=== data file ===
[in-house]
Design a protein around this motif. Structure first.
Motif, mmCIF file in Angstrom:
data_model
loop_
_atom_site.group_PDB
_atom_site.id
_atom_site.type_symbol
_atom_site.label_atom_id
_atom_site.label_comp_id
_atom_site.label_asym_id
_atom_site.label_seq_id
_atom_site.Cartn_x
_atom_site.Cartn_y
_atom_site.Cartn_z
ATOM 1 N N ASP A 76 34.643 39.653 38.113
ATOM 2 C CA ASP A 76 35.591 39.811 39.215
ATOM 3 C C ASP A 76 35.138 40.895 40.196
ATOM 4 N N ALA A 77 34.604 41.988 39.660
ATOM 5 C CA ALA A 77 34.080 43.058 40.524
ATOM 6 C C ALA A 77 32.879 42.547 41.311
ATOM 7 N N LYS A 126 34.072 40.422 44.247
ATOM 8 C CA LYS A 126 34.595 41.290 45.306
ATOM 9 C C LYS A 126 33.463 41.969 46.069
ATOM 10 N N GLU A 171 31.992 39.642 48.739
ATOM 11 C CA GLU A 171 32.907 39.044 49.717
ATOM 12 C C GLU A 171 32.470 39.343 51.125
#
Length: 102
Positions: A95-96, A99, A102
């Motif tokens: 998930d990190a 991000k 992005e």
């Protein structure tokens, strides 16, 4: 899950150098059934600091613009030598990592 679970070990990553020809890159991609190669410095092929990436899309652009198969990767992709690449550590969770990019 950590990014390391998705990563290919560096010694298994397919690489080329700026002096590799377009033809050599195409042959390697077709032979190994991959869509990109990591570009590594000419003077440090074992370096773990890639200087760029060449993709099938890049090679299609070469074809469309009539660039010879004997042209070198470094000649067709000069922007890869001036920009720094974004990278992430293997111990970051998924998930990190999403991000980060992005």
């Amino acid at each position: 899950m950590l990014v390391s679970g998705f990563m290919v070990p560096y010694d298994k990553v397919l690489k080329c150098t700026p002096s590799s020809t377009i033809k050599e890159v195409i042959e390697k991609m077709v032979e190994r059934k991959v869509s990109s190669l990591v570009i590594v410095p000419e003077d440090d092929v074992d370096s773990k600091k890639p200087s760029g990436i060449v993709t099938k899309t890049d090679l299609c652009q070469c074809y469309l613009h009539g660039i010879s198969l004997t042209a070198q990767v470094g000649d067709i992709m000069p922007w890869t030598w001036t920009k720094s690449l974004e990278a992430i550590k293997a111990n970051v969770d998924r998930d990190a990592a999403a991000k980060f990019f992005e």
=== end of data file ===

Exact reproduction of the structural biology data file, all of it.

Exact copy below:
[in-house]
Design a protein around this motif. Structure first.
Motif, mmCIF file in Angstrom:
data_model
loop_
_atom_site.group_PDB
_atom_site.id
_atom_site.type_symbol
_atom_site.label_atom_id
_atom_site.label_comp_id
_atom_site.label_asym_id
_atom_site.label_seq_id
_atom_site.Cartn_x
_atom_site.Cartn_y
_atom_site.Cartn_z
ATOM 1 N N ASP A 76 34.643 39.653 38.113
ATOM 2 C CA ASP A 76 35.591 39.811 39.215
ATOM 3 C C ASP A 76 35.138 40.895 40.196
ATOM 4 N N ALA A 77 34.604 41.988 39.660
ATOM 5 C CA ALA A 77 34.080 43.058 40.524
ATOM 6 C C ALA A 77 32.879 42.547 41.311
ATOM 7 N N LYS A 126 34.072 40.422 44.247
ATOM 8 C CA LYS A 126 34.595 41.290 45.306
ATOM 9 C C LYS A 126 33.463 41.969 46.069
ATOM 10 N N GLU A 171 31.992 39.642 48.739
ATOM 11 C CA GLU A 171 32.907 39.044 49.717
ATOM 12 C C GLU A 171 32.470 39.343 51.125
#
Length: 102
Positions: A95-96, A99, A102
């Motif tokens: 998930d990190a 991000k 992005e």
């Protein structure tokens, strides 16, 4: 899950150098059934600091613009030598990592 679970070990990553020809890159991609190669410095092929990436899309652009198969990767992709690449550590969770990019 950590990014390391998705990563290919560096010694298994397919690489080329700026002096590799377009033809050599195409042959390697077709032979190994991959869509990109990591570009590594000419003077440090074992370096773990890639200087760029060449993709099938890049090679299609070469074809469309009539660039010879004997042209070198470094000649067709000069922007890869001036920009720094974004990278992430293997111990970051998924998930990190999403991000980060992005």
């Amino acid at each position: 899950m950590l990014v390391s679970g998705f990563m290919v070990p560096y010694d298994k990553v397919l690489k080329c150098t700026p002096s590799s020809t377009i033809k050599e890159v195409i042959e390697k991609m077709v032979e190994r059934k991959v869509s990109s190669l990591v570009i590594v410095p000419e003077d440090d092929v074992d370096s773990k600091k890639p200087s760029g990436i060449v993709t099938k899309t890049d090679l299609c652009q070469c074809y469309l613009h009539g660039i010879s198969l004997t042209a070198q990767v470094g000649d067709i992709m000069p922007w890869t030598w001036t920009k720094s690449l974004e990278a992430i550590k293997a111990n970051v969770d998924r998930d990190a990592a999403a991000k980060f990019f992005e």